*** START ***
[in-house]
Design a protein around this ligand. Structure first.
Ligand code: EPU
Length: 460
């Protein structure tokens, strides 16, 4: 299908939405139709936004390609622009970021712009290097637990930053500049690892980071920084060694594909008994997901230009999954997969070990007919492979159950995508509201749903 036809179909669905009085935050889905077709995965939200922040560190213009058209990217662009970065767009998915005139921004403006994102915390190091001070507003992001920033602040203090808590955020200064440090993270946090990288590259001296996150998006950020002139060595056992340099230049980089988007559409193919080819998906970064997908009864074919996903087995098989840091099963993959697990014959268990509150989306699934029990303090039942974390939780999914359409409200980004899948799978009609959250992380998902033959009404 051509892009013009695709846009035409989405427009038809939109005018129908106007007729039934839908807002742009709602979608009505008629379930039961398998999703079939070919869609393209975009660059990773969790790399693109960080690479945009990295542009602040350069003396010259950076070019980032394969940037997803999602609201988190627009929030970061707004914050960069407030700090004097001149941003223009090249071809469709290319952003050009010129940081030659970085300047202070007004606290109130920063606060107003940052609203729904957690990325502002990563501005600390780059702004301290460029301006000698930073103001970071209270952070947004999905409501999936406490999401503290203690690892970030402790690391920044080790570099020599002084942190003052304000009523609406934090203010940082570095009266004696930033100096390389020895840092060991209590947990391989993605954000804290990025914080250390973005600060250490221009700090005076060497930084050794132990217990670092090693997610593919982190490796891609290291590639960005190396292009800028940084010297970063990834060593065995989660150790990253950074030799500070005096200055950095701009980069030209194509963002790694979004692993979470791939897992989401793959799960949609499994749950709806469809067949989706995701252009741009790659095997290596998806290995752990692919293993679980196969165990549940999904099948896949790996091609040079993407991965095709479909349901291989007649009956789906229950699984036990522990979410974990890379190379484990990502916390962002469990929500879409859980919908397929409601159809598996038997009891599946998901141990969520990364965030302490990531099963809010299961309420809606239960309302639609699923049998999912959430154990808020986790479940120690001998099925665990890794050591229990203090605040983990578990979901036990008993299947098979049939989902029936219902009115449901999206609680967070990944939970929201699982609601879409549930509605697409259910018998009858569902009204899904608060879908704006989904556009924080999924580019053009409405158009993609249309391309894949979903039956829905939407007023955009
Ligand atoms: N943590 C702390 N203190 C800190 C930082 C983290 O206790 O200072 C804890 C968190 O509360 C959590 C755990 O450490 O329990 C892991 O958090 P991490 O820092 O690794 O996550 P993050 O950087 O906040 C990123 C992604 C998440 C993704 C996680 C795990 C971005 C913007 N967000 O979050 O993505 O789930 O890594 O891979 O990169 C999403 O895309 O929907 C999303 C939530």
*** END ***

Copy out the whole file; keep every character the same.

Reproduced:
[in-house]
Design a protein around this ligand. Structure first.
Ligand code: EPU
Length: 460
């Protein structure tokens, strides 16, 4: 299908939405139709936004390609622009970021712009290097637990930053500049690892980071920084060694594909008994997901230009999954997969070990007919492979159950995508509201749903 036809179909669905009085935050889905077709995965939200922040560190213009058209990217662009970065767009998915005139921004403006994102915390190091001070507003992001920033602040203090808590955020200064440090993270946090990288590259001296996150998006950020002139060595056992340099230049980089988007559409193919080819998906970064997908009864074919996903087995098989840091099963993959697990014959268990509150989306699934029990303090039942974390939780999914359409409200980004899948799978009609959250992380998902033959009404 051509892009013009695709846009035409989405427009038809939109005018129908106007007729039934839908807002742009709602979608009505008629379930039961398998999703079939070919869609393209975009660059990773969790790399693109960080690479945009990295542009602040350069003396010259950076070019980032394969940037997803999602609201988190627009929030970061707004914050960069407030700090004097001149941003223009090249071809469709290319952003050009010129940081030659970085300047202070007004606290109130920063606060107003940052609203729904957690990325502002990563501005600390780059702004301290460029301006000698930073103001970071209270952070947004999905409501999936406490999401503290203690690892970030402790690391920044080790570099020599002084942190003052304000009523609406934090203010940082570095009266004696930033100096390389020895840092060991209590947990391989993605954000804290990025914080250390973005600060250490221009700090005076060497930084050794132990217990670092090693997610593919982190490796891609290291590639960005190396292009800028940084010297970063990834060593065995989660150790990253950074030799500070005096200055950095701009980069030209194509963002790694979004692993979470791939897992989401793959799960949609499994749950709806469809067949989706995701252009741009790659095997290596998806290995752990692919293993679980196969165990549940999904099948896949790996091609040079993407991965095709479909349901291989007649009956789906229950699984036990522990979410974990890379190379484990990502916390962002469990929500879409859980919908397929409601159809598996038997009891599946998901141990969520990364965030302490990531099963809010299961309420809606239960309302639609699923049998999912959430154990808020986790479940120690001998099925665990890794050591229990203090605040983990578990979901036990008993299947098979049939989902029936219902009115449901999206609680967070990944939970929201699982609601879409549930509605697409259910018998009858569902009204899904608060879908704006989904556009924080999924580019053009409405158009993609249309391309894949979903039956829905939407007023955009
Ligand atoms: N943590 C702390 N203190 C800190 C930082 C983290 O206790 O200072 C804890 C968190 O509360 C959590 C755990 O450490 O329990 C892991 O958090 P991490 O820092 O690794 O996550 P993050 O950087 O906040 C990123 C992604 C998440 C993704 C996680 C795990 C971005 C913007 N967000 O979050 O993505 O789930 O890594 O891979 O990169 C999403 O895309 O929907 C999303 C939530």